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Opalesque Islamic Finance Intelligence

Fund Manager Interview: Interview with Nick Barisheff, President & CEO, Bullion Management Group Inc

Wednesday, March 17, 2010

Bullion Management Group Inc. (BMG) established in 1998, offers the world's most secure, convenient and cost effective way of owning precious metals bullion. Currently, national and international investors can participate in the BMG Bullion Fund, the world's first open-end mutual fund trust that invests in equal dollar amounts of gold, silver and platinum bullion. As of 2009, this is Canada's largest Shariah-compliant mutual fund and the second largest in North America. Investors can also buy and store gold, silver and platinum bullion through BMG BullionBars. This is the most secure way to buy and store large amounts of bullion privately.

Finally, BMG recently launched the BMG Gold Bullion Fund, which holds only allocated gold bullion. There are many ways of buying precious metals bullion. New, exotic investment vehicles appear each day as the price of precious metals rises and gold once again regains its status as an alternative currency. BMG has maintained its reputation as one of the world's safest and most secure bullion ownership companies by selling and managing only unencumbered bullion-we do not sell any form of proxy for gold, silver or platinum. Most people buy precious metals as insurance against the systemic failure of other currencies or markets. Were this to occur, these proxies would be difficult to exchange for the underlying asset they claim to represent.

Q1. Can you provide some background to the philosophy behind the development of your bullion product range? What were the key deciding factors in developing such a product offering?

I started this project (setting up BMG) in 1998 for a couple of reasons: First of all, looking at how the trends would change and I thought that equities and real estate were already overblown in 1998 but I was a couple of years wrong and I looked at what the opportunities were going to be going forward and I concluded that the opportunities were going to be in: Precious metals, Energy Sector (Oil, Gas & Uranium) and Water. This was because those sectors would do well regardless of where the economy was going. Secondly, my belief at the time was that the economy was not going to do well for a very long time. I came to the conclusion that someone entering a secular bear market would face serious financial issues along the way.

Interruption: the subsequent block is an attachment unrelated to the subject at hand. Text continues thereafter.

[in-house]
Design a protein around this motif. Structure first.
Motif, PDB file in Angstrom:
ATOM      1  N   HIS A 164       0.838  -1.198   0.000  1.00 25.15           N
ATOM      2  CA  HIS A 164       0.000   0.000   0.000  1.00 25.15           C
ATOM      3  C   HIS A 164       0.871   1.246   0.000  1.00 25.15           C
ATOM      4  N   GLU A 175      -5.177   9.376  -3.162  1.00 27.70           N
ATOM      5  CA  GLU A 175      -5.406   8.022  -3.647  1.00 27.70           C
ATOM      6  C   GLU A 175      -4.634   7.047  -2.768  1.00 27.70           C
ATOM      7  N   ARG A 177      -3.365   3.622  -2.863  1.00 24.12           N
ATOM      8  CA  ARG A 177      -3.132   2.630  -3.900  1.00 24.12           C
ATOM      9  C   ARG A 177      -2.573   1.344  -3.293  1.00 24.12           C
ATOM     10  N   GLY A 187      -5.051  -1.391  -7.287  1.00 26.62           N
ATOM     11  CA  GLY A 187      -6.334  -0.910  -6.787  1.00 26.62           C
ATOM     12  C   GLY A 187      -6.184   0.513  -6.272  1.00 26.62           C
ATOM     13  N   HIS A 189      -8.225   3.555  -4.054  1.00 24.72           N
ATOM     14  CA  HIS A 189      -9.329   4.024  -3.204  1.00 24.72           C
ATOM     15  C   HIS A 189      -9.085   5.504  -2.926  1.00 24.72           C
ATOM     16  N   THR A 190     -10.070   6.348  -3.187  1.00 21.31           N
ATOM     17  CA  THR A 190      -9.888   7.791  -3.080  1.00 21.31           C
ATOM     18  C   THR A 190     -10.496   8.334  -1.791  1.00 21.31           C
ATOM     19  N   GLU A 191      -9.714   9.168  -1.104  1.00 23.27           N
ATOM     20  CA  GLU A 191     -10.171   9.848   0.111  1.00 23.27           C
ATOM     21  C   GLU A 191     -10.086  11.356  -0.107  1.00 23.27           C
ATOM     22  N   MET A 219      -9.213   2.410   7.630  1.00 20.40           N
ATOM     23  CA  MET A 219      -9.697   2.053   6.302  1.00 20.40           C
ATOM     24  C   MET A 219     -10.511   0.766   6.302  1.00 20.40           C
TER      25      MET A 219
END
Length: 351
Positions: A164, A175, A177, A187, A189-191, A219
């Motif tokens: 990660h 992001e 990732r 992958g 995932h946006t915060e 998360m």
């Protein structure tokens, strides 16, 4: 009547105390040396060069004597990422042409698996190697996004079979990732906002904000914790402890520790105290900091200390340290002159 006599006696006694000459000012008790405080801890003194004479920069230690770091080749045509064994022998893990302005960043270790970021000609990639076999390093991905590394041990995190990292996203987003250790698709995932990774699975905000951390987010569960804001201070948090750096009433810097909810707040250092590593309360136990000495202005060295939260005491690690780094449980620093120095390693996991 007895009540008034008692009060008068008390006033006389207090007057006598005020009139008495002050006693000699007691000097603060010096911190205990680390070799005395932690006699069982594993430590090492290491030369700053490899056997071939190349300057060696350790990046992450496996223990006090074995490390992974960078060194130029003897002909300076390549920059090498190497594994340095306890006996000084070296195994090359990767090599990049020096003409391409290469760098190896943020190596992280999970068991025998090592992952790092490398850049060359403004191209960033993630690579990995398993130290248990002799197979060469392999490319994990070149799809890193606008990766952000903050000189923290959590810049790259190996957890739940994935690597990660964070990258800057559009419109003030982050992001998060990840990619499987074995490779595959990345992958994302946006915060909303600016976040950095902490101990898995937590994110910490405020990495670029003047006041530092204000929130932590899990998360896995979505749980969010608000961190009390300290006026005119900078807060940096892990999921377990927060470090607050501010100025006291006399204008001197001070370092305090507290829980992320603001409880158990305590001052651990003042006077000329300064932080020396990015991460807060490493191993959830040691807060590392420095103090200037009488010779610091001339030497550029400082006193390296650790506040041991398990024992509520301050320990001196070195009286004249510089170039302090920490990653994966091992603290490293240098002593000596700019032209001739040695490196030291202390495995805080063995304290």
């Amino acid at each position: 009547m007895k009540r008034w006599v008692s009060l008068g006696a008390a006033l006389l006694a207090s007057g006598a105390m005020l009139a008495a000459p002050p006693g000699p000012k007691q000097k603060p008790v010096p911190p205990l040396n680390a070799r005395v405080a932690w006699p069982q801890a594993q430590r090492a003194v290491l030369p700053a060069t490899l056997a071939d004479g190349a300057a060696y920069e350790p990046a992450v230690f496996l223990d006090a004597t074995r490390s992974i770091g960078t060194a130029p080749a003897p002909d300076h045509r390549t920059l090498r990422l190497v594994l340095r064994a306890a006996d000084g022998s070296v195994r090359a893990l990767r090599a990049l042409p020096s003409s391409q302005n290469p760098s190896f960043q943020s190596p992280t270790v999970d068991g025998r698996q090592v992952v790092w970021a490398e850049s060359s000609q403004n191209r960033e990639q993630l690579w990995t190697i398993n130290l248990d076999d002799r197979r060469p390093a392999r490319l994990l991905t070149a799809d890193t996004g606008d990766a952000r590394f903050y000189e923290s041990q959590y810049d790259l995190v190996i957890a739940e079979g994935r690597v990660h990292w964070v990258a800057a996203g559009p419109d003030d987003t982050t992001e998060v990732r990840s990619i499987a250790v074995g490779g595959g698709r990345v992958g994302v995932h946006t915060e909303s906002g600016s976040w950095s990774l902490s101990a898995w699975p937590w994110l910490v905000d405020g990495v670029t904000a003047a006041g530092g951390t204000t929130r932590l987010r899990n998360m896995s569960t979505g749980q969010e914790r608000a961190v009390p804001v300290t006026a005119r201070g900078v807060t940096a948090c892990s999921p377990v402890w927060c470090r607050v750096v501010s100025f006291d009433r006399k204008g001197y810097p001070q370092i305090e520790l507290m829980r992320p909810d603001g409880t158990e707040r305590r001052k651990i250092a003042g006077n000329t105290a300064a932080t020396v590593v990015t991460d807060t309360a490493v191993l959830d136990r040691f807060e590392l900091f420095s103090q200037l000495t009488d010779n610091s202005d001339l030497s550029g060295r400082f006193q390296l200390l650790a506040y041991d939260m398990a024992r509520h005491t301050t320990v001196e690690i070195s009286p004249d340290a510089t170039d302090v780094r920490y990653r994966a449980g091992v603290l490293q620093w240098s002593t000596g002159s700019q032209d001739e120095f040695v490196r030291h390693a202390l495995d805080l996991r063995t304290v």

So with that in mind I looked at the issue in Canada where investors could not hold Bullion in a Registered Retirement Savings Plan (RRSP) - which is the Canadian pension program for individuals. Being from the 'old school' where I look at Bullion as being money and I always consider you hold bullion in the same way that you hold cash in a portfolio, but this allocation would not depreciate with inflation. Given that you could not do that in Canada I looked at what was the best way to structure a securitized product that would qualify for RRSP and at the same time NOT compromiseany of the fundamental attributes of Bullion. We did not (at the time) set out to create a Shariah compliant fund, instead we wanted to create a fund that would not compromise the benefits of Bullion.

The key attributes that we wanted to maintain where:

  1. Liquidity of Bullion itself - as a result we chose an open Mutual Fund Trust model which purchased and redeemed. As a result we are buying bullion from the bullion market and selling it back. Liquidity of the fund is the same as that of Bullion itself and not the liquidity of shares traded on a single day as we have with closed-end funds or ETF's. Many of those products even if they are very large will have liquidity constraints. Large investors may be able to buy but to get out in any reasonable expedient manner it is difficult and they could crater the price. This does not happen in the Bullion market itself. The turnover in the physical bullion market (out of London) is $24 Billion a day. The volume is not published anywhere but it is estimated at 5 to 7 times the turnover rate. Turnover is an unusual term that many people don't use but as an example if an LBMA member sells $5M Gold in the morning and member B sells back $15M of Gold in afternoon the turnover would be $5 whereas the volume would be $15.